Congressmember Karen Bass and her Congressional colleagues visited the United Nations and met with Secretary-General Ban Ki-moon.
Congressmember Karen Bass is honored to serve on the House Foreign Affairs Committee as Ranking Member (or lead Democrat) on the Subcommittee on Africa, Global Health, Human Rights, and International Organizations.
Congressmember Bass firmly believes that a strong U.S. foreign policy is rooted in three important and fundamental pillars: diplomacy, development, and defense. These pillars provide the basis for our nation’s ability to wisely and effectively leverage U.S. resources to address global challenges including food insecurity, the burden of endemic and epidemic disease and, war and conflict from around the world.
Watch Congressmember Bass's interviews about foreign policy issues in the news.
U.S.-led economic development and trade promotion activities help expand markets and ensure greater peace and stability in foreign nations and importantly empower individuals and communities through job creation and opportunities for underrepresented populations including women and girls. U.S. foreign engagement has created jobs and employment opportunities not only overseas but here in the United States.
As our government seeks opportunities to engage the U.S. private sector in business opportunities abroad, we do so knowing that both public and private sectors have important roles to play in a most justice, stable and peaceful world.
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Read the full letter here.
"I am discouraged by the recent apparent detainment and brutal assault of three young women from the opposition party in Zimbabwe. Joannah Mamombe, Cecilia Chimbiri, and Netsai Marova have the right to peacefully protest the government, and should not be subjected to inhumane treatment while exercising their human rights. I implore the government of Zimbabwe to investigate this matter and bring the culprits to justice. I also urge the government of Zimbabwe to ensure all citizens can exert their views in a safe space.”
"The Trump administration’s latest action to veto a UN resolution that called for a global ceasefire in order to collectively address this pandemic is yet another indicator that they are completely uninterested in cultivating a unified international front to combat this disease. The COVID-19 pandemic will only end when there is a concerted worldwide approach to eradicating this disease and the devastating health and economic consequences. That’s how Ebola was handled by President Obama.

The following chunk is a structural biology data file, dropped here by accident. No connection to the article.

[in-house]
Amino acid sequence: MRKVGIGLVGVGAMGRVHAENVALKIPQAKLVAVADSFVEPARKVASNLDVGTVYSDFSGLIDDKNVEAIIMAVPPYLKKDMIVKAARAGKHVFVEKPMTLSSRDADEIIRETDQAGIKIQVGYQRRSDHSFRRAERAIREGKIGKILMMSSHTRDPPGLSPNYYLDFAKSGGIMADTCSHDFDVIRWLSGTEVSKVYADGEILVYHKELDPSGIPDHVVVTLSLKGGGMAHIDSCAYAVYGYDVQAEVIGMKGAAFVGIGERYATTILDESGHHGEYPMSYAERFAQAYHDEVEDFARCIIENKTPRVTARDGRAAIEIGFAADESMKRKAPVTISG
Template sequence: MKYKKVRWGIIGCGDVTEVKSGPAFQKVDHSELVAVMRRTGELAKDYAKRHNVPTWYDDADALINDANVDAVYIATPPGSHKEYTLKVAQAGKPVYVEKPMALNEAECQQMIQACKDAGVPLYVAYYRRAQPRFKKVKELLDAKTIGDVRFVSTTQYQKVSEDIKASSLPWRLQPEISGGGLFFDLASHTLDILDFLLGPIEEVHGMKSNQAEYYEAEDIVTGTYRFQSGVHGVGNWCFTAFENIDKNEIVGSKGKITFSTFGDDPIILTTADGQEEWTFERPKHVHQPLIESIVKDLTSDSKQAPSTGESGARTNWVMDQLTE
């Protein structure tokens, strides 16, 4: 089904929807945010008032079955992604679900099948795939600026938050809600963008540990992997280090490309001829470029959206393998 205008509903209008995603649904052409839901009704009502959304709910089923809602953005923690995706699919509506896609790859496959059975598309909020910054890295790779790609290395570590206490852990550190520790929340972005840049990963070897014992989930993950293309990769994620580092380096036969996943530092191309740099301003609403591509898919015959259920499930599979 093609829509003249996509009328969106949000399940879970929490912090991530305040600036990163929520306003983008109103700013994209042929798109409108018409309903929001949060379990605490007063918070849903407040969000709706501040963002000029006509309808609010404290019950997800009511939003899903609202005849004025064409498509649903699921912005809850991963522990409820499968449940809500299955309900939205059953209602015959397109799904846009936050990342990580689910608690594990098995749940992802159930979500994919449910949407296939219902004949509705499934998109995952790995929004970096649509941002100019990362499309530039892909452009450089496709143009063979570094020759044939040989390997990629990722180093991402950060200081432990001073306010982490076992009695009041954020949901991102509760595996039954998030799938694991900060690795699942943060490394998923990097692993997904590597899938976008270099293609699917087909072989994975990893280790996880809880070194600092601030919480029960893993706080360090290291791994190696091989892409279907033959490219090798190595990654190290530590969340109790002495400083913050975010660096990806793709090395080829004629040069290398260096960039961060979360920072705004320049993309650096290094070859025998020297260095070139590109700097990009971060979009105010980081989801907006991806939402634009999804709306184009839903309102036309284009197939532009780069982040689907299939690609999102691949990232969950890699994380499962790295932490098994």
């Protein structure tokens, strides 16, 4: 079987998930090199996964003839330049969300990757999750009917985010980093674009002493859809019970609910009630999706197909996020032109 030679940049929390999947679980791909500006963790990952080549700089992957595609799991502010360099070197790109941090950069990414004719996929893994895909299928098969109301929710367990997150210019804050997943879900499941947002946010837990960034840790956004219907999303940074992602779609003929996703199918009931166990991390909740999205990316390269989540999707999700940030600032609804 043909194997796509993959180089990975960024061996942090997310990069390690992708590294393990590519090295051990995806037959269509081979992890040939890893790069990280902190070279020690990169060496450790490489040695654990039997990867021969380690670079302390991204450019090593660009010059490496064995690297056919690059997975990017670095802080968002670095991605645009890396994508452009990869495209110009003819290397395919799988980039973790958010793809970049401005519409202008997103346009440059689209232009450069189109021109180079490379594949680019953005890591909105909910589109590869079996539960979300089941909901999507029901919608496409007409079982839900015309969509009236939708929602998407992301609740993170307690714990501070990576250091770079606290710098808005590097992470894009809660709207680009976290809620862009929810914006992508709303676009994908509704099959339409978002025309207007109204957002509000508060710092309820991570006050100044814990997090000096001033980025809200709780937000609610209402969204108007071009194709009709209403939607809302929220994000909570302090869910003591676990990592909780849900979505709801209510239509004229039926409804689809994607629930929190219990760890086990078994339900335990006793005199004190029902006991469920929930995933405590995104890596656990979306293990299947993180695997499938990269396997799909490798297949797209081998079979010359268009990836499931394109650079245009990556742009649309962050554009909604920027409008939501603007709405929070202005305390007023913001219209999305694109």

"This week G-20 nations agreed to suspend bilateral debt service payments until the end of the year for 76 low-income countries including 40 sub-Saharan African countries. This will allow vulnerable nations to use those financial resources for responding to the coronavirus pandemic that will place a heavy burden on already weak healthcare systems. This is an important first step, but more will be needed as African countries deal with the social and economic impact of the virus."
“We were deeply disturbed and saddened to hear about the violence committed at the Cuban Embassy in Washington DC last night,” said the Congresswomen. “Acts of violence targeting diplomats and diplomatic missions are wholly unacceptable and should be quickly condemned. While we are certainly glad there are no injuries, we strongly support the Secret Service investigation into this incident. We must continue to do everything we can to protect diplomatic missions at home and abroad.”
“The WHO plays a vital role in supporting and enforcing international health regulations, educating the public, and strengthening the ability of health systems—particularly those in the developing world—to prevent, detect, and respond to outbreaks. The organization is not perfect, and we should thoroughly review its early handling of this crisis, particularly its engagement with Chinese authorities, and advocate for appropriate reforms,” wrote the lawmakers.
"President Donald Trump’s absolute abdication of international responsibility and leadership is now unequivocally apparent.
"There have been a series of deadly assaults across the Sahel. Since the beginning of this outbreak, extremists have attacked Chad’s military, killing soldiers near the border of Nigeria and Niger; Nigerian soldiers have been killed in northeastern Nigeria; and this week, numerous Malian soldiers were killed in an attack on their military base.
"I commend the pledges made thus far by leaders of the G-20 to help the most vulnerable countries, particularly on the African continent where some countries where already face ongoing complex humanitarian emergencies. The long-term impact on African countries will be devastating.
"I am disappointed that a constitutional referendum passed that could allow President Alpha Conde to run for a third presidential term. I also condemn the violence against the political opposition, protestors, and the citizens of Guinea by government forces. The people of Guinea have spoken by continuously protesting and boycotting. Reportedly, citizens who opposed the government’s constitutional reforms have been killed, kidnapped, and detained by the country’s government.